Na Bràithrean is the first that I’m aware of to actually make the crossroads the heart of their bottling range. The concept in their own words is pretty straightforward: ‘separating her (the cask) into two runs allowing two sets of unique bottles of Single Malt Scotch Whisky to be born each with his own distinct flavour. The wood used to mature whisky is crucial to the flavour profile. Each brother is finished independently using different kinds and sizes of barrels to influence the flavour of our whisky. Our end product is two bottles of the same spirit with different personalities and characteristics’.
And getting back to that introduction for a moment: what distillery would be an ideal candidate for a debut release? I envisage many of you would reply with Caol Ila and that’s what we have right here. A widely available whisky, one with a good reputation. A whisky that taps into the fashionable dynamic of peat and Islay. A distillate that does lend itself to other types of casks when given the opportunity.
Taking up the family dynamic, the original and younger of the split releases is called wee brother with big brother following in May 2020. Na Bràithrean were extremely kind to send over a bottle and a wee sample of the currently maturing big brother release, which will be 9 years old when bottled. For now, wee brother, was distilled on 5th April 2011 and bottled on 8th January 2020 from a refill bourbon hogshead. The split resulted in 103 bottles being put aside for this specific release (ours being number 23) and a pleasing 60.3% strength. The retail price is £75 and hopefully, the big brother, won’t be too much more.
Na Bràithrean Caol Ila 2011 Wee Brother – review
Colour: a light haze.
On the nose: like opening a tin of hot dogs with salty brine and a meaty aspect. Brown sugar, sea salt, mint leaf and an engine oil residue. Toasted pine nuts, salted caramel, vanilla, pencil shavings and hazelnuts. There’s peat of course and plenty of gusto, but held in tandem with the other aromas. Pineapple comes through with time and chocolate alongside chocolate, salmon and Kiwi Fruit. Adding water reveals more fruit, pine sap, a mineral aspect and grapefruit.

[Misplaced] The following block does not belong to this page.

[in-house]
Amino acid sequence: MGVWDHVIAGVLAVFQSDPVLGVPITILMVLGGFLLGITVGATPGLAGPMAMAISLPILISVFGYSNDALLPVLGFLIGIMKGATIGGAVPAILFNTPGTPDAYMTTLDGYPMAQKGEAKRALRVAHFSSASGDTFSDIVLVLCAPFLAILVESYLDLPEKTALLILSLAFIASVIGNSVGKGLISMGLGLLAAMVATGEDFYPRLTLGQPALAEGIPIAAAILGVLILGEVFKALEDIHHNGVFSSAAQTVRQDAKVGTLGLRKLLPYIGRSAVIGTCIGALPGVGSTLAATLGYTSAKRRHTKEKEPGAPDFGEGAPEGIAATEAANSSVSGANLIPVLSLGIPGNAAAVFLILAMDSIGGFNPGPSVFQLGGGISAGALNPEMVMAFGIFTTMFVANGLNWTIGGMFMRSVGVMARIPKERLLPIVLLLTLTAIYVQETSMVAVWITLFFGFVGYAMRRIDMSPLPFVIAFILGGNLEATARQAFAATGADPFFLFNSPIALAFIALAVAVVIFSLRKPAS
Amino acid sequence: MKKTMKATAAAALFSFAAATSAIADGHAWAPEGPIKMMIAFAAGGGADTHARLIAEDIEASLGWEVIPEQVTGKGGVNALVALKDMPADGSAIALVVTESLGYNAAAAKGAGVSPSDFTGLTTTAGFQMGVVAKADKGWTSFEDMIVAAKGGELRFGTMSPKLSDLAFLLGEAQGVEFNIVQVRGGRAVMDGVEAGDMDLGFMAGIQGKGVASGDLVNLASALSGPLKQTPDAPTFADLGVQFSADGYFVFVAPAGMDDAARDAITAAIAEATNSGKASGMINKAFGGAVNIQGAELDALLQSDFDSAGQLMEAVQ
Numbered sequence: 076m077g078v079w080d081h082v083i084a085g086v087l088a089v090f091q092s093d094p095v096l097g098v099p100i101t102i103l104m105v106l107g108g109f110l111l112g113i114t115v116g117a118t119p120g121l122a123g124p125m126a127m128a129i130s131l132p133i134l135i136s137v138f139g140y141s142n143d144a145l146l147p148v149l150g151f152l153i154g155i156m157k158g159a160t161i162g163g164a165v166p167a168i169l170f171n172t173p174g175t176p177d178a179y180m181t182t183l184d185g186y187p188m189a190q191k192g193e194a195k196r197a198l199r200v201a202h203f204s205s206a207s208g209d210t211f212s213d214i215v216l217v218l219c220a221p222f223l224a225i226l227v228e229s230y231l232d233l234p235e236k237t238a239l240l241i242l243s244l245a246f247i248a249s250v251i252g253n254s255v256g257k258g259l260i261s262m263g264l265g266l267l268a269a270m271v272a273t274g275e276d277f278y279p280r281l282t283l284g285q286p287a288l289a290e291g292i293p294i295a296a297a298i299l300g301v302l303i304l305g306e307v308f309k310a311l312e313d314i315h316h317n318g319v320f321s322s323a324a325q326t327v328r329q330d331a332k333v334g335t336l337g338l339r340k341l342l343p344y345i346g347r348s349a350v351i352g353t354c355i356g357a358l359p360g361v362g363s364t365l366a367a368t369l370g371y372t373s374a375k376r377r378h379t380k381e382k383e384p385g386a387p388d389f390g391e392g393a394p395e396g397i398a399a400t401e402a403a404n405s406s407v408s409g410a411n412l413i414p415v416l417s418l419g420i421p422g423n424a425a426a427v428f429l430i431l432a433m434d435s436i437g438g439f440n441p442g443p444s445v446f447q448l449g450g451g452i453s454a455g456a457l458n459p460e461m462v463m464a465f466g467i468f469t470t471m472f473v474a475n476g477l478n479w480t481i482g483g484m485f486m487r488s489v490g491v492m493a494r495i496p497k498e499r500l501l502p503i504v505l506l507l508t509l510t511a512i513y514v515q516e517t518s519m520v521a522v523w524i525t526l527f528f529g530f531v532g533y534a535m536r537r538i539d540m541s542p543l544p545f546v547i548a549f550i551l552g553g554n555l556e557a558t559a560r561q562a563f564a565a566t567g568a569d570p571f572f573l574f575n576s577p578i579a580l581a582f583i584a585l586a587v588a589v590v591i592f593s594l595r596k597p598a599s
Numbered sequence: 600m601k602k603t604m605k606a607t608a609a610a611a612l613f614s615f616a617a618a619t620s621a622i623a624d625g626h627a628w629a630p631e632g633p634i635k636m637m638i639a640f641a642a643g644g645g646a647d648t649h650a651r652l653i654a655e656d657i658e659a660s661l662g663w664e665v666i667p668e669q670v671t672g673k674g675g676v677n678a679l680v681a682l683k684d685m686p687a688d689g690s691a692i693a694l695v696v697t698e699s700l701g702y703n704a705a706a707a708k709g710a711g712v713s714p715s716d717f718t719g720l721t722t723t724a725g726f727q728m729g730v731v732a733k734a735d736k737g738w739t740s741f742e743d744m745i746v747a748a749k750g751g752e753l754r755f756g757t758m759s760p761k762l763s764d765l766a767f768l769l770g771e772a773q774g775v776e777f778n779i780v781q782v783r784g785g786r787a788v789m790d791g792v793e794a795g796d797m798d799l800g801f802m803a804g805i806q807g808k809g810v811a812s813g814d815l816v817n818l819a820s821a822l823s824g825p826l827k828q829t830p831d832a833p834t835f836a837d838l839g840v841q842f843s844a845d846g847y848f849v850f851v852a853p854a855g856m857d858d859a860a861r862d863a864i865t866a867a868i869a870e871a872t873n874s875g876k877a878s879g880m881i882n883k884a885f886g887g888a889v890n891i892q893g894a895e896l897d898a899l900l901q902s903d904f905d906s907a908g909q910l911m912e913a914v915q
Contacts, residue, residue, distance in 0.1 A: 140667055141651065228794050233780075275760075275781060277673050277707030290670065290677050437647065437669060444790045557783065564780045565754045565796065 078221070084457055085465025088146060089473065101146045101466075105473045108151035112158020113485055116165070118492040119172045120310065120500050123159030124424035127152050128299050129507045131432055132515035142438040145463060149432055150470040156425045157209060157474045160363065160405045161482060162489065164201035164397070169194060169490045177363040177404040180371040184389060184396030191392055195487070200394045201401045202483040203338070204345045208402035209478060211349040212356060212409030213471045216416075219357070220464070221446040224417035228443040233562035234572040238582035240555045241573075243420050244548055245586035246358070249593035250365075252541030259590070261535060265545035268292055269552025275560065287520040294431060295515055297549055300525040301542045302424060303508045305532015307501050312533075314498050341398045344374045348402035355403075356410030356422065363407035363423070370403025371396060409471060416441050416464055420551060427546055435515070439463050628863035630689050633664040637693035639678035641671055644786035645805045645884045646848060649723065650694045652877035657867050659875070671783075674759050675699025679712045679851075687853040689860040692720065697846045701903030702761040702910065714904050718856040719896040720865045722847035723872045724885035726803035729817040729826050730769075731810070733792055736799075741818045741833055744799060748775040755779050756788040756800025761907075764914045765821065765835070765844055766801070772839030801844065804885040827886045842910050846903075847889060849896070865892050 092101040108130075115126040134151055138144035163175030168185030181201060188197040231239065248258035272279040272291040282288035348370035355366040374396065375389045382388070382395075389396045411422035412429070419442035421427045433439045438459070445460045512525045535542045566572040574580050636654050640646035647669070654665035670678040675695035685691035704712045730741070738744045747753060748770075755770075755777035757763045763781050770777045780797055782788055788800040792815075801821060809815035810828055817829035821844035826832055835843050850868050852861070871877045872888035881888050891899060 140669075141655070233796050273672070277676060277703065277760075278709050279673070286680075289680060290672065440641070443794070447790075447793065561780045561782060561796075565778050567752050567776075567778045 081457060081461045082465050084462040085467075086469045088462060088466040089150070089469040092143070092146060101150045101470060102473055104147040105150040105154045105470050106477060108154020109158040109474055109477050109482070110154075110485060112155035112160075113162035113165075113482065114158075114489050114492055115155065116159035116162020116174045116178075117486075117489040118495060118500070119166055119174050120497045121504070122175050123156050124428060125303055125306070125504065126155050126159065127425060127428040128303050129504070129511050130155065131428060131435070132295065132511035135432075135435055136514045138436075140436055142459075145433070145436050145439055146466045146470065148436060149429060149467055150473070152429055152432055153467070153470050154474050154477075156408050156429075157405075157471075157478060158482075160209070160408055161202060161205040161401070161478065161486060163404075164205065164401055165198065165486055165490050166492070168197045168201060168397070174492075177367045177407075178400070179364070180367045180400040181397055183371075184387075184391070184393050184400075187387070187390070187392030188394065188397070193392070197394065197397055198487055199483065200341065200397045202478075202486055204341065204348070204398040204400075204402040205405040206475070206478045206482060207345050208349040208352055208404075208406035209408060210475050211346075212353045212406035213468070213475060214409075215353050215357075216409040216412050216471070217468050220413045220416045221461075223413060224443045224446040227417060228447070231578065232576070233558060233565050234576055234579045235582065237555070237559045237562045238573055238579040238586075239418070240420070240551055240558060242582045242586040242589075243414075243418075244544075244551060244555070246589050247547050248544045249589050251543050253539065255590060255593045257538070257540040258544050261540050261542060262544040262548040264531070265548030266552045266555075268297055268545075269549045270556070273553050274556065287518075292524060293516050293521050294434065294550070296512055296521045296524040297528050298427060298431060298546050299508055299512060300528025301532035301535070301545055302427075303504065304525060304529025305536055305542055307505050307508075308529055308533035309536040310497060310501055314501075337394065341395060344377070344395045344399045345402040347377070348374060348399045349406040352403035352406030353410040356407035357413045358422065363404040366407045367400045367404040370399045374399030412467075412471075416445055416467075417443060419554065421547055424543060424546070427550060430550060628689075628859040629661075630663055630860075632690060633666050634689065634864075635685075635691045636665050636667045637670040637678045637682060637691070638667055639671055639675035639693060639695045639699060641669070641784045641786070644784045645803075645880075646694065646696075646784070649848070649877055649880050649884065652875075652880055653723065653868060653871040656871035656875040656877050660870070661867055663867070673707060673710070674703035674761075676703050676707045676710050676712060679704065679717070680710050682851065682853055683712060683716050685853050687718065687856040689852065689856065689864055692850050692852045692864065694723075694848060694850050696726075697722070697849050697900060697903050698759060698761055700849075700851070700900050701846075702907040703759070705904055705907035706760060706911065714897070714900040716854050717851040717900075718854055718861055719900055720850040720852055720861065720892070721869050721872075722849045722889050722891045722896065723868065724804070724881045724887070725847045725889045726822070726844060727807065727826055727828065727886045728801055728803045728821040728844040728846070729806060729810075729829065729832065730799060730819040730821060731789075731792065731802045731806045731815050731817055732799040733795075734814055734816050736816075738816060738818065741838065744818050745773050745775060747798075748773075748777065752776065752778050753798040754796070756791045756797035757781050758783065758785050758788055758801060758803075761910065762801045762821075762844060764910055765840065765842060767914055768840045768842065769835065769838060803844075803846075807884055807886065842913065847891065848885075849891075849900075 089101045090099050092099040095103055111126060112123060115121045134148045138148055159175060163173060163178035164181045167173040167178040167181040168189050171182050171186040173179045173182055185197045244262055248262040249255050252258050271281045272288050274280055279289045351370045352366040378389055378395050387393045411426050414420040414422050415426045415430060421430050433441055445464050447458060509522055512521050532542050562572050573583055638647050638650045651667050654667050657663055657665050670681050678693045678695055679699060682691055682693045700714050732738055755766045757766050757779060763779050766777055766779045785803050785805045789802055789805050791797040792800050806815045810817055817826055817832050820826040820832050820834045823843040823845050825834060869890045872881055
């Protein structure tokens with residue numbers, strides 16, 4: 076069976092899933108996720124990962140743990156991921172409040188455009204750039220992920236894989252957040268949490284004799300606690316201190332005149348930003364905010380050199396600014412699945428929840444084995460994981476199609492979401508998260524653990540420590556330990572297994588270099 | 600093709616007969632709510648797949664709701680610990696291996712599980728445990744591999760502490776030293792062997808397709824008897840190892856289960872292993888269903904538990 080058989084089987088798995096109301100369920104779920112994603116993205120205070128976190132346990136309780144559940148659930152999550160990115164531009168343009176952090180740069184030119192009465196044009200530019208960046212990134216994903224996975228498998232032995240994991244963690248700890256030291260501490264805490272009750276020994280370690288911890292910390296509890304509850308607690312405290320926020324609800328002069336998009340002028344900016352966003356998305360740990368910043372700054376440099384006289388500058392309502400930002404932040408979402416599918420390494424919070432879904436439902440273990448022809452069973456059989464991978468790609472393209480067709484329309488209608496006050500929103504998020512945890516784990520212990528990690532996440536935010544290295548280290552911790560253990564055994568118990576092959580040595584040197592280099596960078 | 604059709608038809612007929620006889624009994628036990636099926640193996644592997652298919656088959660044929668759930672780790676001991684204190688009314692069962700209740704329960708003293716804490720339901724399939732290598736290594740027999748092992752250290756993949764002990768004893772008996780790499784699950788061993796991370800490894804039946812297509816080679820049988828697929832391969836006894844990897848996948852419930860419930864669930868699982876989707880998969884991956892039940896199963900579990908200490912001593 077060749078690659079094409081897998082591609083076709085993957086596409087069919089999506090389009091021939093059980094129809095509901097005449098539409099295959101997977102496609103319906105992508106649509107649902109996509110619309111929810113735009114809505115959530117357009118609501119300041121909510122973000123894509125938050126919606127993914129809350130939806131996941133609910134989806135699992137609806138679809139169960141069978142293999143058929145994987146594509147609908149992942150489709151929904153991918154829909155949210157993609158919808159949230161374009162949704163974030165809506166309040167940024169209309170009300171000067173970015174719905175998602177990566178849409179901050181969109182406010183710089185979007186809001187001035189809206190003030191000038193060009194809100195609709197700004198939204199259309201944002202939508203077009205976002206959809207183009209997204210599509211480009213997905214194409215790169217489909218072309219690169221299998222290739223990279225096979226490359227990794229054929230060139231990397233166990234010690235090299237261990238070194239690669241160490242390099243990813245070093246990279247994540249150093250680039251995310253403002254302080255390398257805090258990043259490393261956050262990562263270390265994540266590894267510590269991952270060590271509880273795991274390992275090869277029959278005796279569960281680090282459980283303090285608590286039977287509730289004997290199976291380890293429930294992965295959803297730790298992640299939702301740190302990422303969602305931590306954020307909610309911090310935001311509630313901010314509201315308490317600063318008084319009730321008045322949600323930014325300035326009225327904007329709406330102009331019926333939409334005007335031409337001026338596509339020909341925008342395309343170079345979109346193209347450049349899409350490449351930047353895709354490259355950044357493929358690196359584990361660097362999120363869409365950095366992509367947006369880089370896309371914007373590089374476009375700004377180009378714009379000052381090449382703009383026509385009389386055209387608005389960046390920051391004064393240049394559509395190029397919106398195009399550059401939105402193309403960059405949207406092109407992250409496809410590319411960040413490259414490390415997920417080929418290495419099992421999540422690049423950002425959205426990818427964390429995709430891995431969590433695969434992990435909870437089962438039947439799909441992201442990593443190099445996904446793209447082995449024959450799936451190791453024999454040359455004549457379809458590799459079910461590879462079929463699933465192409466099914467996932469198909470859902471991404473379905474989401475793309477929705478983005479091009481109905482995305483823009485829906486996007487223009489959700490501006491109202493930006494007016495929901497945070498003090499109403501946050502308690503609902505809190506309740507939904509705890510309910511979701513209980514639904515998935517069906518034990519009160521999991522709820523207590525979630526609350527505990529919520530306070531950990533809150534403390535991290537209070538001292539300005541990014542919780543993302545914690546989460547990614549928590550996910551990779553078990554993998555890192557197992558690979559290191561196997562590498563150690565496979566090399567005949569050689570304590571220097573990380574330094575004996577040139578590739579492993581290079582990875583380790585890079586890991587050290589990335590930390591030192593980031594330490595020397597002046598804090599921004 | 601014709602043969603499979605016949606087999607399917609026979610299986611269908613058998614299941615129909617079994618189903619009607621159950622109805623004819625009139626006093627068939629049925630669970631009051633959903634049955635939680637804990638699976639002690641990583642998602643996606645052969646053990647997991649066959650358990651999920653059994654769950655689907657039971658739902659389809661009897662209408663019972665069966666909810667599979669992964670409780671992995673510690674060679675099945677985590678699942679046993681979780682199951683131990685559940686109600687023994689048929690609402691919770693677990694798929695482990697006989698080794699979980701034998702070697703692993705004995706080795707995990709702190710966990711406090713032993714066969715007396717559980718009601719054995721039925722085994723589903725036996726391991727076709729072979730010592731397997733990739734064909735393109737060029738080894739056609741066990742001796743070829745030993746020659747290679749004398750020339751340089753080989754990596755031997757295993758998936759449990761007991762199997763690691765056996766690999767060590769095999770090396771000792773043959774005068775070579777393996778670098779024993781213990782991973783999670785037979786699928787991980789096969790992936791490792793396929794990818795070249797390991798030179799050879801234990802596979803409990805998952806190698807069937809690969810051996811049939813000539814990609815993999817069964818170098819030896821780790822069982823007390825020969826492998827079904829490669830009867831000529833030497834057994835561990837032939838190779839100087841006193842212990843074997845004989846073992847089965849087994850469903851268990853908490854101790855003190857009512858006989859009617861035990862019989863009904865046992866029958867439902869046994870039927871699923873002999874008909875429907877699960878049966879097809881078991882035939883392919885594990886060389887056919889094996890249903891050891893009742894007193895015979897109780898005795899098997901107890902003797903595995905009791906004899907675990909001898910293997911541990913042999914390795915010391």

In the mouth: a robust oily texture that is a notch up from several of the SMWS releases I’ve had lately. It feels less fragile, more vigorous and potent: it’s dangerous. Charred beach wood, salty, campfire smoke, black tea reinforces that smoky nature. There’s apples and kindling, black tea leaves, a little smoke and plenty of ash. Adding water reveals white chocolate, vanilla, more oils and lingering smoke.
Na Bràithrean Caol Ila 2011 Big Brother – review
On the nose: brassy, hazelnuts, toffee and a cloud of lingering smoke. Less peat initially and oils. Popcorn, syrup, honeycomb and milk chocolate.
In the mouth: more mellow, restrained almost with dried reeds, coal bunker, toffee, ashy, ginger, drying in places and woody.
Firstly, I do like the map style labelling: simple, effective and clean. Then, there is the question of the price that we do consider here and I’m sure many of you in these times will question. £75 for an 8-year-old? I’d say we’re almost where the market is nowadays. Islay commands a premium as many retailers will tell you peat sells despite an abundance of casks. Forest Whisky, for instance, bottled a slightly older Caol Ila, reduced the strength to 48% and are asking £78 for the experience.
The SMWS will happily ship you an 11-year-old Caol Ila for £69 with their Cheshire Cat being the most recent release. That sold out pretty promptly underlining the point again. Smaller bottlers also don’t have the luxury of buying power and they’ll often have to go via brokers who will, obviously, take their cut. Ultimately, the market determines whether the price is right so lets see.
From the bottle straight, this is a very forceful and ultimately enjoyable Caol Ila. Frankly, it doesn’t need a finish whatsoever, but now we have the ability to judge. And it is quite a change. My own thoughts are the cask and spirit need more time to integrate on the Big Brother release. The original whisky feels purer and good to go. Whereas the finish needs more time to integrate, and as such, things clash: flavours and aromas have yet to truly define themselves.
Overall, something different and liquid for thought. Some of you may want to compare and contrast. Others might be looking for a very good Caol Ila. Both can be satisfied here. Finishes must be applied with care and patience. If not, then things take a step backward possibly for good, or until mother nature steps in with time. Let’s hope we have more opportunities to compare from this indie.